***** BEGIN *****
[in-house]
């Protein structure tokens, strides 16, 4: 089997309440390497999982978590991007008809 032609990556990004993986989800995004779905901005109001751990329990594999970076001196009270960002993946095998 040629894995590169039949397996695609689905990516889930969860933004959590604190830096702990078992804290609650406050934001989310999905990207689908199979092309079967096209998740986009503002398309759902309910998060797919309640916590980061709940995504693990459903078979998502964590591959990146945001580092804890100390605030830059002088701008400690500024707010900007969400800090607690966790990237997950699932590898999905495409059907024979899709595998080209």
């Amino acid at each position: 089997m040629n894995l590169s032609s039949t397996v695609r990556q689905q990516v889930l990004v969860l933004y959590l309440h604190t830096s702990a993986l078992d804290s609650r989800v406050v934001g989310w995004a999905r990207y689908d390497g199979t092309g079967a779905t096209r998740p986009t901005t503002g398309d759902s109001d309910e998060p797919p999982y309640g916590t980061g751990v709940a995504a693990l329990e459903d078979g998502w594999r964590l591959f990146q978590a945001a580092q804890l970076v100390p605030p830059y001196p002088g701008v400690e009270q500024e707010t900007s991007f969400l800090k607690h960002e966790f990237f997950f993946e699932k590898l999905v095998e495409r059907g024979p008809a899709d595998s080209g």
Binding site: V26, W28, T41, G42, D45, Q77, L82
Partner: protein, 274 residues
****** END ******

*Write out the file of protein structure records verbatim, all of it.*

[in-house]
């Protein structure tokens, strides 16, 4: 089997309440390497999982978590991007008809 032609990556990004993986989800995004779905901005109001751990329990594999970076001196009270960002993946095998 040629894995590169039949397996695609689905990516889930969860933004959590604190830096702990078992804290609650406050934001989310999905990207689908199979092309079967096209998740986009503002398309759902309910998060797919309640916590980061709940995504693990459903078979998502964590591959990146945001580092804890100390605030830059002088701008400690500024707010900007969400800090607690966790990237997950699932590898999905495409059907024979899709595998080209």
């Amino acid at each position: 089997m040629n894995l590169s032609s039949t397996v695609r990556q689905q990516v889930l990004v969860l933004y959590l309440h604190t830096s702990a993986l078992d804290s609650r989800v406050v934001g989310w995004a999905r990207y689908d390497g199979t092309g079967a779905t096209r998740p986009t901005t503002g398309d759902s109001d309910e998060p797919p999982y309640g916590t980061g751990v709940a995504a693990l329990e459903d078979g998502w594999r964590l591959f990146q978590a945001a580092q804890l970076v100390p605030p830059y001196p002088g701008v400690e009270q500024e707010t900007s991007f969400l800090k607690h960002e966790f990237f997950f993946e699932k590898l999905v095998e495409r059907g024979p008809a899709d595998s080209g």
Binding site: V26, W28, T41, G42, D45, Q77, L82
Partner: protein, 274 residues